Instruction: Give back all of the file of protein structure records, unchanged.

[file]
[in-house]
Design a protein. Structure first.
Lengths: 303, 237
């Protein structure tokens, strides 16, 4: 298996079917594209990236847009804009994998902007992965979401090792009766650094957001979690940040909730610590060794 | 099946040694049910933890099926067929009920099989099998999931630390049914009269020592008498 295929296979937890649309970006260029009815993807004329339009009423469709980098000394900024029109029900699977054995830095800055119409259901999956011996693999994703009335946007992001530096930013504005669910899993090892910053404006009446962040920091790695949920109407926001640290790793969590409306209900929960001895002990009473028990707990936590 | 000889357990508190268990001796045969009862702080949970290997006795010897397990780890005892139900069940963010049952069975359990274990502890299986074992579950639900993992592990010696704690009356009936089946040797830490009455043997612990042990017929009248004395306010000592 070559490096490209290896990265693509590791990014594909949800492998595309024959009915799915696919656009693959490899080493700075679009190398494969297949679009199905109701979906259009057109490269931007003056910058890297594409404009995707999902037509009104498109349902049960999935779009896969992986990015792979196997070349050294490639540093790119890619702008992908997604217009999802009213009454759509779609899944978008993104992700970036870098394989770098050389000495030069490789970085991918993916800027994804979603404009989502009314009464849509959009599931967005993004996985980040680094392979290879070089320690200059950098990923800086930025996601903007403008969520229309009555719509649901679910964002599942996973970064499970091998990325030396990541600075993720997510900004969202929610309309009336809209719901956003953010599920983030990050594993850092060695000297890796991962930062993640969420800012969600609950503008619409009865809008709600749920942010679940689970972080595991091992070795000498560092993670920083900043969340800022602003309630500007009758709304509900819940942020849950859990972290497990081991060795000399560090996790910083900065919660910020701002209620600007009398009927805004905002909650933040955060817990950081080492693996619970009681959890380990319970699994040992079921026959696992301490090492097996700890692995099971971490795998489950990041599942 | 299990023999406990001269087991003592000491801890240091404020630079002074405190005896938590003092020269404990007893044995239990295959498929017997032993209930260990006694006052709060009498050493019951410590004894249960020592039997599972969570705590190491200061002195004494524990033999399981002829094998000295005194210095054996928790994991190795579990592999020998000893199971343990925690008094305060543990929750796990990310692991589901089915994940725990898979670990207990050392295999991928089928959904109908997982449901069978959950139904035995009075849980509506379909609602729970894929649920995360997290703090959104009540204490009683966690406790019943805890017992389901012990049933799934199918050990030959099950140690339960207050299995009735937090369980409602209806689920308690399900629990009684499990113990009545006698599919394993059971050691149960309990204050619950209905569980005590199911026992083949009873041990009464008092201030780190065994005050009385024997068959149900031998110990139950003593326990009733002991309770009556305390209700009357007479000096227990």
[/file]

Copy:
[in-house]
Design a protein. Structure first.
Lengths: 303, 237
């Protein structure tokens, strides 16, 4: 298996079917594209990236847009804009994998902007992965979401090792009766650094957001979690940040909730610590060794 | 099946040694049910933890099926067929009920099989099998999931630390049914009269020592008498 295929296979937890649309970006260029009815993807004329339009009423469709980098000394900024029109029900699977054995830095800055119409259901999956011996693999994703009335946007992001530096930013504005669910899993090892910053404006009446962040920091790695949920109407926001640290790793969590409306209900929960001895002990009473028990707990936590 | 000889357990508190268990001796045969009862702080949970290997006795010897397990780890005892139900069940963010049952069975359990274990502890299986074992579950639900993992592990010696704690009356009936089946040797830490009455043997612990042990017929009248004395306010000592 070559490096490209290896990265693509590791990014594909949800492998595309024959009915799915696919656009693959490899080493700075679009190398494969297949679009199905109701979906259009057109490269931007003056910058890297594409404009995707999902037509009104498109349902049960999935779009896969992986990015792979196997070349050294490639540093790119890619702008992908997604217009999802009213009454759509779609899944978008993104992700970036870098394989770098050389000495030069490789970085991918993916800027994804979603404009989502009314009464849509959009599931967005993004996985980040680094392979290879070089320690200059950098990923800086930025996601903007403008969520229309009555719509649901679910964002599942996973970064499970091998990325030396990541600075993720997510900004969202929610309309009336809209719901956003953010599920983030990050594993850092060695000297890796991962930062993640969420800012969600609950503008619409009865809008709600749920942010679940689970972080595991091992070795000498560092993670920083900043969340800022602003309630500007009758709304509900819940942020849950859990972290497990081991060795000399560090996790910083900065919660910020701002209620600007009398009927805004905002909650933040955060817990950081080492693996619970009681959890380990319970699994040992079921026959696992301490090492097996700890692995099971971490795998489950990041599942 | 299990023999406990001269087991003592000491801890240091404020630079002074405190005896938590003092020269404990007893044995239990295959498929017997032993209930260990006694006052709060009498050493019951410590004894249960020592039997599972969570705590190491200061002195004494524990033999399981002829094998000295005194210095054996928790994991190795579990592999020998000893199971343990925690008094305060543990929750796990990310692991589901089915994940725990898979670990207990050392295999991928089928959904109908997982449901069978959950139904035995009075849980509506379909609602729970894929649920995360997290703090959104009540204490009683966690406790019943805890017992389901012990049933799934199918050990030959099950140690339960207050299995009735937090369980409602209806689920308690399900629990009684499990113990009545006698599919394993059971050691149960309990204050619950209905569980005590199911026992083949009873041990009464008092201030780190065994005050009385024997068959149900031998110990139950003593326990009733002991309770009556305390209700009357007479000096227990």